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Checkpoint Washington
Posted at 12:22 PM ET, 06/16/2011

Ex-Guantanamo detainee goes home — and gets locked up again

A former Guantanamo Bay detainee who was resettled in Slovakia by the Obama administration voluntarily returned to his native Egypt this week — whereupon he was immediately arrested, according to his lawyers.

Adel al-Gazzar, who was cleared for transfer by both the Bush administration and an inter-agency task force set up by the Obama administration, was not repatriated to Egypt because U.S. officials and his lawyers feared he would be persecuted or tortured upon his return.

Gazzar, 46, had previously been convicted in absentia of plotting to overthrow the Egyptian government in a trial that his advocates have called a sham.

But in the wake of the revolution that toppled the government of President Hosni Mubarak, Gazzar decided to go home to reunite with his wife and four children. He was also anxious to see his mother, who is ailing, his attorneys said.

Both the U.S. and the Slovak governments were aware of Gazzar’s plans and viewed the decision as his to make. A U.S. official, who was not authorized to speak publicly about the case, said he believed it was unlikely that Gazzar would be forced to serve the three-year term to which he had been sentenced, but the official was unsure how long the Egyptian authorities would continue to hold him. Gazzar is being held at a detention center at the Cairo airport.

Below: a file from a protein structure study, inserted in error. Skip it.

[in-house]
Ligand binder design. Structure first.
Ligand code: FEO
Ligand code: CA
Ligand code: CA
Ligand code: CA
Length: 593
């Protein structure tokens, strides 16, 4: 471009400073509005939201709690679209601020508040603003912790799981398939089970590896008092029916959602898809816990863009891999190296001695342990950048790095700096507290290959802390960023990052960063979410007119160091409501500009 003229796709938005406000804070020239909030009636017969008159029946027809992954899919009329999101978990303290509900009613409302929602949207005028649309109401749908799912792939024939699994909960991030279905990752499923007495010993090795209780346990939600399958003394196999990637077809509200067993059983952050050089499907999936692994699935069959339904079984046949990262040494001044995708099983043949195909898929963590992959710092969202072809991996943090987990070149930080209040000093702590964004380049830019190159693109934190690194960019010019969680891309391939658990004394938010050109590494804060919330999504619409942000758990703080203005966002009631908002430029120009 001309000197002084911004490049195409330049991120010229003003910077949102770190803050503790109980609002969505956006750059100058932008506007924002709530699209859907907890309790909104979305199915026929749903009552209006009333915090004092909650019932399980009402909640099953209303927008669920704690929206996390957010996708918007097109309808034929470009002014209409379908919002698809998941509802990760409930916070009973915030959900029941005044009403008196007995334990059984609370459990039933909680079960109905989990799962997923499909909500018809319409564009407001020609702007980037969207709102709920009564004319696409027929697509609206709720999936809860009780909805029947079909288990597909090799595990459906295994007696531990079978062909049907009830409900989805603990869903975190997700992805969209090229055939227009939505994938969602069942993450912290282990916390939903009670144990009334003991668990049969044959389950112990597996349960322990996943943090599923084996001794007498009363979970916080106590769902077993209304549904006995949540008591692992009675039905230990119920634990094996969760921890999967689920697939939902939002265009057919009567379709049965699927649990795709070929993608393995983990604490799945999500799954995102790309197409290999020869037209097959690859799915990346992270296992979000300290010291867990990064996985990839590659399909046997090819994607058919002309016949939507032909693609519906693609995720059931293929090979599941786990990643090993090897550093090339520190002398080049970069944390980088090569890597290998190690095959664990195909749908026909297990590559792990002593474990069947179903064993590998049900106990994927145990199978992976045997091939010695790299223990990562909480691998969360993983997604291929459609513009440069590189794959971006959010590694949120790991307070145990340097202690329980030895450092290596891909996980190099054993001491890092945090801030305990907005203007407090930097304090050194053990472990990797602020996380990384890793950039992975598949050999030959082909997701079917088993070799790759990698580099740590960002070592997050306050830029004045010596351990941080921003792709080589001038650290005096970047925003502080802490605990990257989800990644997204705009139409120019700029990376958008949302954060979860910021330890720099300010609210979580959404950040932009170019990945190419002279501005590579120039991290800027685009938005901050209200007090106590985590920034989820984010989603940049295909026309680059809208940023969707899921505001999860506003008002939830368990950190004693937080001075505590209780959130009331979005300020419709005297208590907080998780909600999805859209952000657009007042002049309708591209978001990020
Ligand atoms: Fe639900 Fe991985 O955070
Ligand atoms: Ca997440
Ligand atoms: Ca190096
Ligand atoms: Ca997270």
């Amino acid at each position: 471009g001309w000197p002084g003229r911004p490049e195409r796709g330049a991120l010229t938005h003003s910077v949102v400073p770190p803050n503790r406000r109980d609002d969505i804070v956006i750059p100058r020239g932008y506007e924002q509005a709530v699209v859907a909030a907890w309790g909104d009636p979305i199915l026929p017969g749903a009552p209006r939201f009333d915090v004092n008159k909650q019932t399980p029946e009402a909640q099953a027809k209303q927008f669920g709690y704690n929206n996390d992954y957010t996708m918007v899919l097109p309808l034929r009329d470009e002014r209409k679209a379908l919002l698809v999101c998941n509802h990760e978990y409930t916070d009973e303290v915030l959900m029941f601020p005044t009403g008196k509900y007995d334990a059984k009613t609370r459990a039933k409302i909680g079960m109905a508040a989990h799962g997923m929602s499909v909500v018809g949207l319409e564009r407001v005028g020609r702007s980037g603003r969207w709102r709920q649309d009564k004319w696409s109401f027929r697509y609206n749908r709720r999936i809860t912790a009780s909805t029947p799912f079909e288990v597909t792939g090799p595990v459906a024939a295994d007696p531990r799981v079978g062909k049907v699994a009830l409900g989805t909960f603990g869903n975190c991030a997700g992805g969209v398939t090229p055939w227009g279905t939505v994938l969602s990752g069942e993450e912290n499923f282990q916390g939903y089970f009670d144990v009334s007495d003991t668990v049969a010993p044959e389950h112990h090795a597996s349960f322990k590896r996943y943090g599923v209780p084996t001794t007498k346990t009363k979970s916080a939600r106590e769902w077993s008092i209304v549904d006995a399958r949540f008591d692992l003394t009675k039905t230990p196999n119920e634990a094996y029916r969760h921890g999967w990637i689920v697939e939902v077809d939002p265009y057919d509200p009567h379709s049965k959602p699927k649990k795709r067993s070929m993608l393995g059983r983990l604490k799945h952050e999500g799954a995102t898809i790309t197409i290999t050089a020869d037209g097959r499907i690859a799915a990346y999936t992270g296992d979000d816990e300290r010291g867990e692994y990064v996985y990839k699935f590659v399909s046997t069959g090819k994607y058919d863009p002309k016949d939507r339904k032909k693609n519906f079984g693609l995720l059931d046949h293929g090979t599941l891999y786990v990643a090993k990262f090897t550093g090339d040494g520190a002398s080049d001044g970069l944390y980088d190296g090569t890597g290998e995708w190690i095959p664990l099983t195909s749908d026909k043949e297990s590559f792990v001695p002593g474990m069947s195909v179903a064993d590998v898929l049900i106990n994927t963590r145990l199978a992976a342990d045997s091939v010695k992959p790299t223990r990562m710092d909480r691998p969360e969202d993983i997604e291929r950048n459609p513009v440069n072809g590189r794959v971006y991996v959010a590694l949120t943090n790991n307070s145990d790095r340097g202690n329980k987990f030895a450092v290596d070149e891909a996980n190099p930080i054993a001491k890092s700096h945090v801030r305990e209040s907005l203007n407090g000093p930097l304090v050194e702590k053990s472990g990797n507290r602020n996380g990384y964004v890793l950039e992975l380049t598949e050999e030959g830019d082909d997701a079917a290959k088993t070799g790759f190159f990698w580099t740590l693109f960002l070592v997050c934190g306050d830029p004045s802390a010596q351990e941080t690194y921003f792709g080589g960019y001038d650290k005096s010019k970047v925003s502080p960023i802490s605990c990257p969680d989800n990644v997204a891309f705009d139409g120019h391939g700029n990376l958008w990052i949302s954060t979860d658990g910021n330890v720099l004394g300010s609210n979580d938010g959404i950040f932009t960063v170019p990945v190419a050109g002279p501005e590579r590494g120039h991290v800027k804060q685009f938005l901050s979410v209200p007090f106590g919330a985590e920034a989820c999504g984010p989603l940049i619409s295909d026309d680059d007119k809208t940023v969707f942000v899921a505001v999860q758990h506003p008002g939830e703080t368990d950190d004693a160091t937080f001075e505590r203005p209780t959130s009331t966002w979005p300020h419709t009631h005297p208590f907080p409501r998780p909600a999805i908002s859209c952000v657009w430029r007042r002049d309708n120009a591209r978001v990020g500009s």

Reprieve, a London-based legal action charity that represents Gazzar, called for his immediate release.

“The persecution of Adel al Gazzar makes a mockery of everything the revolution stands for. Where is the new dawn?” said Katie Taylor, Reprieve’s Life After Guantanamo Project Officer. “Justice and the rule of law must return to Egypt. This is the third time Adel has been punished for completely unsubstantiated allegations. We hope the Egyptian military will put an end to Adel’s decade-long ordeal.”

Gazzar was turned over to the United States by Pakistani authorities. He had suffered severe leg injuries along the Afghanistan-Pakistan border in late 2001 when he said a refugee camp where he was working was struck by U.S. forces. His leg was subsequently amputated at Guantanamo.

By  |  12:22 PM ET, 06/16/2011

 
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